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CRATER LAKE NATIONAL PARK — The sense of solitude became evident with a sudden, unexpected sound.

While cross country skiing along Crater Lake National Park’s East Rim Drive towards Vidae Falls, I paused at an overlook to gaze at the expansive panorama of snowy wildness. It was so still and quiet that a whisper would have resonated like a shout.

Abruptly that silence shattered when a trailside tree flushed off a light load of snow. In another context that brief discharge would likely be unnoticed. But on this day, it was though the collapsed snow was an avalanche of sound in the otherwise naked silence. It happened suddenly, just long enough to chance a glance the powdery curtain of dust that puffed airborne from the discharged snow.

Most times I appreciate skiing trails where others have gone before. Skiing in untracked snow, especially at Crater Lake National Park, can be grueling and plodding. On this route there had been a hint of tracks for the first mile from the trailhead, but those faint traces had evaporated. With each push, my skis sunk several inches in the snowy powder and sometimes dipped abruptly. But the absence of others made the sounds of silence even louder.

It was a day without specific plans. The only goal was being outside.

The road to Rim Village was closed. It had been a couple of years since I’d skied the East Rim Trail, which begins near park headquarters and heads toward Vidae Falls and beyond. Under blue skies almost as absolute as the lake’s indigo waters, under marshmallow-colored clouds and past endless rows of towering, snow burdened trees, up that snow-buried road I skied. At openings in the otherwise thick forest, pyramid-shaped Mount McLoughlin appeared majestically, penetrating the sky with its pointy, snow-covered peak.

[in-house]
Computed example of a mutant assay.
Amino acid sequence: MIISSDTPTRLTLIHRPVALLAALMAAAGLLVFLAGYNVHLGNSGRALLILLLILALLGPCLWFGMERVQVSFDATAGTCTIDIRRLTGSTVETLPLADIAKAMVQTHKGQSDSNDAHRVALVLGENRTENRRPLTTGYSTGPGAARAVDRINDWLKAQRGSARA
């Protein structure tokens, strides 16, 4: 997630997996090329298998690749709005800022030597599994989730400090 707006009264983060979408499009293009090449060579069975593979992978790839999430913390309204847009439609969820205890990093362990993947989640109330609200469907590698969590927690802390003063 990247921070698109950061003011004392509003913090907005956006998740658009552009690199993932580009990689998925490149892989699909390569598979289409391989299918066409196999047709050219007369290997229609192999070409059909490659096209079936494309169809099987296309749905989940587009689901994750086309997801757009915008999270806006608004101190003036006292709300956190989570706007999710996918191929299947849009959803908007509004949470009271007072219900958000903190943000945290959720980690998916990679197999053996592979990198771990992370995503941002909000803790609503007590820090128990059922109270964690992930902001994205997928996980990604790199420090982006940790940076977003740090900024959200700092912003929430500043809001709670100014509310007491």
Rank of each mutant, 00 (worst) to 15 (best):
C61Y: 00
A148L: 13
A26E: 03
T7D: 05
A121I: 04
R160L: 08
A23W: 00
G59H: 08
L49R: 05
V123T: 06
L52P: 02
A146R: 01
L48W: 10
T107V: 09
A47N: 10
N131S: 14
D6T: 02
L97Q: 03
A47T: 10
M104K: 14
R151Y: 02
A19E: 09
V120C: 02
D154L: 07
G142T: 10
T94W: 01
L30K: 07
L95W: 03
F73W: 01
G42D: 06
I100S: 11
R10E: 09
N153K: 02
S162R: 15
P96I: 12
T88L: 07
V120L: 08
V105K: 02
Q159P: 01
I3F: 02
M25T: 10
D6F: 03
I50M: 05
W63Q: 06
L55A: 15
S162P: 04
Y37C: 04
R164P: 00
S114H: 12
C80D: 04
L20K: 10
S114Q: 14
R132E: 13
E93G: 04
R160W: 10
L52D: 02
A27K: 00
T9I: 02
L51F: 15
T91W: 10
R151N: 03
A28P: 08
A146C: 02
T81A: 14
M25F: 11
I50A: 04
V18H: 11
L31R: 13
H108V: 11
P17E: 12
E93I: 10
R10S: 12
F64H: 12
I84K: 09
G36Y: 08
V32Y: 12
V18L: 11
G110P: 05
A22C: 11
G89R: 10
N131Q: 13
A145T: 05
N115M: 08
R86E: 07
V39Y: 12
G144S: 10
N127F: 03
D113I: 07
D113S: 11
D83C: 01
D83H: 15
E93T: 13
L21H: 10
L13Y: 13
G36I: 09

From past experience I knew that sections where the trail seems to reach the summit are false high points. Still, working as a human snow plow, it was impossible not to wish that maybe that next upward climb would be the last. Eventually, it was.

But skiing downhill on untouched snow doesn’t translate to quick zipping.

Slow going has its advantages. Views opened up. In the distance was the section of East Rim Drive/Trail that grudgingly climbs from Vidae Falls up to Sun Notch. Visible, too, were peek-a-boo — or peak-a-view — sightings of Crater Peak. Just after the Crater Peak trail turnoff was a favorite section where a series of tall, erratically fractured rocks flank the East Rim route. It’s an area that’s sometimes best avoided because of possible avalanches.

The ski to Vidae Falls, a distance of three-plus miles, and the junction where East Rim Drive continues to Sun Notch via an avalanche bypass, was anti-climactic. As is common during the winter, the falls were hidden under textured blankets of snow.

Skiing in my freshly made tracks back toward the trailhead was pure delight. It wasn’t kicking and gliding, but my tracks made the uphill seem to flatten. I was enjoying the benefits of my own efforts. The mild uphill seemed to have flattened. I paused to enjoy sights, including golf- and baseball-sized snowballs that had tumbled down semi-steep cliffs, leaving behind tracks of small animal-like footprints.

Then a surprise. At the junction to Crater Peak, fresh ski tracks followed that trail. A skier trailing me had turned off, possibly heading to Crater Peak or, more likely, to follow the Vidae Ridge Avalanche route that mostly parallels East Rim Drive to Vidae Falls.

Further on, after crossing over the summit, another surprise. Two skiers, Roger and Terry Smith, were working their way up the trail. We chatted. They thanked me for breaking trail, I thanked them for making my downhill ski down easier on even better compacted tracks.

Several minutes later another skier. A few days earlier he had gone up the same trail and, after a mile in deep, untracked snow, had doubled back.

Near and at the trailhead were others: Skiers, snowshoers and people without snow-traveling devices delighted to be sinking knee-deep and deeper in the quicksand-like powder.

The silence that had so delighted me was gone. But the sounds and sights of others enjoying and experiencing the beauty of wintery Crater Lake National Park, even without seeing the lake itself, were sounds and sights joyfully shared with others.